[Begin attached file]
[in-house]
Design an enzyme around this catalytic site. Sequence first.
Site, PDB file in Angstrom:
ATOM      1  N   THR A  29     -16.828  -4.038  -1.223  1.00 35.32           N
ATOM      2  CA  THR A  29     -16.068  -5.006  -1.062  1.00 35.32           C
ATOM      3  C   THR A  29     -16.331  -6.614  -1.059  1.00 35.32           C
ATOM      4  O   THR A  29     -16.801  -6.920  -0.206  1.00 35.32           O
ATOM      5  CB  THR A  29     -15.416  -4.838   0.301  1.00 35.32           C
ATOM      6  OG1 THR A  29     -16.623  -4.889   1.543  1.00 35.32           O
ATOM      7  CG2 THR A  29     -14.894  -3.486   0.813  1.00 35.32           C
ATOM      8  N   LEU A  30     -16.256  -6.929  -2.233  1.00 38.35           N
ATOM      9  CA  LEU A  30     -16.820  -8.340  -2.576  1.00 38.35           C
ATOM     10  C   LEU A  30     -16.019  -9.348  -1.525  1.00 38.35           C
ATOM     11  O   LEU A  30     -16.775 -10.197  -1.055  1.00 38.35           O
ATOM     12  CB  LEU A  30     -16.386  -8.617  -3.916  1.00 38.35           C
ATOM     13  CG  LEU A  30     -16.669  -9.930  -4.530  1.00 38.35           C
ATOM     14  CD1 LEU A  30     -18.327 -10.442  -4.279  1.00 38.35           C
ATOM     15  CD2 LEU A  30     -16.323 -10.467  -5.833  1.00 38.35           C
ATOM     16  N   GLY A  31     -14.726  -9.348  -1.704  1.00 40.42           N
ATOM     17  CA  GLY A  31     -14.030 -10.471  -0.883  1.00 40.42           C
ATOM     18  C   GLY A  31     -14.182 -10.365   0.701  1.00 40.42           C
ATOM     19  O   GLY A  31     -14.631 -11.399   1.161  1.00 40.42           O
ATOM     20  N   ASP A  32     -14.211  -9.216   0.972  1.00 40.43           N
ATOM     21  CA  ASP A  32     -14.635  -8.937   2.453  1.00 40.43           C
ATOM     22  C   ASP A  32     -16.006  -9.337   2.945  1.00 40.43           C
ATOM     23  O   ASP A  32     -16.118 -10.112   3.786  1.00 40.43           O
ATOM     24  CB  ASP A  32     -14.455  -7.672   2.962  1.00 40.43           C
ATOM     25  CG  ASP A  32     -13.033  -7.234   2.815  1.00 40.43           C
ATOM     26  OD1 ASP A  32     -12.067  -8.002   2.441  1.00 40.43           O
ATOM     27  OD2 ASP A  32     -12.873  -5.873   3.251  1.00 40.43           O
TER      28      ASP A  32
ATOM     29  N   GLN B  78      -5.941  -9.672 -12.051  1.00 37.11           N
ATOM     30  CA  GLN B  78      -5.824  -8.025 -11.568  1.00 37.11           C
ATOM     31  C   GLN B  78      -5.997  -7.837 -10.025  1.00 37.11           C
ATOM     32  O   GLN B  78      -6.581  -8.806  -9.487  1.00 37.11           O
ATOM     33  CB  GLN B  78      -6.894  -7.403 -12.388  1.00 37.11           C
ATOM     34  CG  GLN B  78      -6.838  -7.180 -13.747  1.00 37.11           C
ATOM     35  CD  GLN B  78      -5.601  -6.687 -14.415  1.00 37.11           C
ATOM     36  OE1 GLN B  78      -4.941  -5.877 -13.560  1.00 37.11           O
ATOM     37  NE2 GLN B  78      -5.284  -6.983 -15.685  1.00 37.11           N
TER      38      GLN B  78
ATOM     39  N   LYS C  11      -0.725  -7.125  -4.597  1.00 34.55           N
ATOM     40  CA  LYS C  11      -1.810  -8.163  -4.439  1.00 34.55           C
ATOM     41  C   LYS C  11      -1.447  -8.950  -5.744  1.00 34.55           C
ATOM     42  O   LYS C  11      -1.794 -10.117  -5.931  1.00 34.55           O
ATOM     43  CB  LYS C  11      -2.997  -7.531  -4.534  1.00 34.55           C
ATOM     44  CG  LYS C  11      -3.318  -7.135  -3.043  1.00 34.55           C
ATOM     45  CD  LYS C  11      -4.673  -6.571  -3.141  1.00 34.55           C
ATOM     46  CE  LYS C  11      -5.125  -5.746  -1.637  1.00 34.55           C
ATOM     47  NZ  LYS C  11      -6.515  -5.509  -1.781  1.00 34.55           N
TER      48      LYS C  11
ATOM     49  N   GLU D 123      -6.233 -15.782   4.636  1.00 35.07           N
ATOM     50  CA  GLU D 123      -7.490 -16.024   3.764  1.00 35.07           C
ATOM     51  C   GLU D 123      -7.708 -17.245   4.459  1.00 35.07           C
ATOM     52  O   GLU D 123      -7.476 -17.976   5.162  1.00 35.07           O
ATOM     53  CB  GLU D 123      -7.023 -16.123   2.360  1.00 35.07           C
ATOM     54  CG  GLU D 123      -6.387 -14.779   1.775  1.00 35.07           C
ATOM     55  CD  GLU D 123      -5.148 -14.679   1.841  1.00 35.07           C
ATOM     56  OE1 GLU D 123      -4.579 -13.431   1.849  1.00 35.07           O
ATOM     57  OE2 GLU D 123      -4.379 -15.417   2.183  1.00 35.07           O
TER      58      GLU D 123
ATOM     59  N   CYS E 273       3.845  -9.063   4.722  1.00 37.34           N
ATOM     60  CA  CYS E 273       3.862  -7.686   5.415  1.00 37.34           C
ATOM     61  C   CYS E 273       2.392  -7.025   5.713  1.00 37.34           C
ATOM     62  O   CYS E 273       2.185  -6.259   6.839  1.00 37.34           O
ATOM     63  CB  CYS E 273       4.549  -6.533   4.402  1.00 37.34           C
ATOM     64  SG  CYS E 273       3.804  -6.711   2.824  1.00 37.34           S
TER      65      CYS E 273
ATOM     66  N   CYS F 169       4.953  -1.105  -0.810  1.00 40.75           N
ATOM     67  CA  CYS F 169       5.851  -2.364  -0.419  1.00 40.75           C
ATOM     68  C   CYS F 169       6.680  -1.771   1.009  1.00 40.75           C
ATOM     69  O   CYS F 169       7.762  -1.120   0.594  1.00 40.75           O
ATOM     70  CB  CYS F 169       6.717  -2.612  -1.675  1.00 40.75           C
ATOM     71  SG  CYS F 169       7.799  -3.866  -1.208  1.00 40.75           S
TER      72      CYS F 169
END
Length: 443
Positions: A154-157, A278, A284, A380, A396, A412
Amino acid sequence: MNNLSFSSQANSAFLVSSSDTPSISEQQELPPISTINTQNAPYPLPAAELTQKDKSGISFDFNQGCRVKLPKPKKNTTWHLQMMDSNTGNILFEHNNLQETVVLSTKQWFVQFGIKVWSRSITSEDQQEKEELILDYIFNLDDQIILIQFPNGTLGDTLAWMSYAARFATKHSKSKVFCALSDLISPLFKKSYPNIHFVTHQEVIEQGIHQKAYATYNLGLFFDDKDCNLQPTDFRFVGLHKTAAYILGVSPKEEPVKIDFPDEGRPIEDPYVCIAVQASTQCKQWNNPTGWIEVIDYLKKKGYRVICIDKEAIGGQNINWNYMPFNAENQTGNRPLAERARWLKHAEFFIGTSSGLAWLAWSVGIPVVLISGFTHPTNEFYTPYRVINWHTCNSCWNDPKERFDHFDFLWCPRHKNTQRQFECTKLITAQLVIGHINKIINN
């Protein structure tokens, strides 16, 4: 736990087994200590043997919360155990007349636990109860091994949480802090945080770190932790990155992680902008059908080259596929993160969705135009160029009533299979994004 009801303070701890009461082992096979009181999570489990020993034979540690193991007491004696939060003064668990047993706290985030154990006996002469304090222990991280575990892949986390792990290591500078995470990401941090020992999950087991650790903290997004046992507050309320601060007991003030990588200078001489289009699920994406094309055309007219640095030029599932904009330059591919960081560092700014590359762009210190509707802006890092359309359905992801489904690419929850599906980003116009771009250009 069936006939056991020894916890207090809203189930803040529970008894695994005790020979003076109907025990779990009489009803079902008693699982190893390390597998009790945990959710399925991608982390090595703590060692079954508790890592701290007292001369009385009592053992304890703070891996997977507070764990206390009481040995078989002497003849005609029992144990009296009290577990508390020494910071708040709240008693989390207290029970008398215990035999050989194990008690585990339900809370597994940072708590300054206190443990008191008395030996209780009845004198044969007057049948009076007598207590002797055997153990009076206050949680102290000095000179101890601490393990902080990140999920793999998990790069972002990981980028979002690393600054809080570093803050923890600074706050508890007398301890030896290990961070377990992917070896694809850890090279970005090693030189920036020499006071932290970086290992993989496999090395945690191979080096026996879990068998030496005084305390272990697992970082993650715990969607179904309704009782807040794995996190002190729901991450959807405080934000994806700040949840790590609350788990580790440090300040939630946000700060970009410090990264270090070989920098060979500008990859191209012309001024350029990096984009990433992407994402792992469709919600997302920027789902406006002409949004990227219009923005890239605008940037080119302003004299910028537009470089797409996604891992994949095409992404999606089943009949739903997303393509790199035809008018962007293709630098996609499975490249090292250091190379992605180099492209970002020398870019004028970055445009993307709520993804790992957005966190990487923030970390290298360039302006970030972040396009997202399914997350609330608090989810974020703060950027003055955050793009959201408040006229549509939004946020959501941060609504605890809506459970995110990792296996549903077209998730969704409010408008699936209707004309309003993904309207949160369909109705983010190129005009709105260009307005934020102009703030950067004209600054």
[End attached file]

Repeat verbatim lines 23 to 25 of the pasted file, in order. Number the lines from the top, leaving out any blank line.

ATOM     20  N   ASP A  32     -14.211  -9.216   0.972  1.00 40.43           N
ATOM     21  CA  ASP A  32     -14.635  -8.937   2.453  1.00 40.43           C
ATOM     22  C   ASP A  32     -16.006  -9.337   2.945  1.00 40.43           C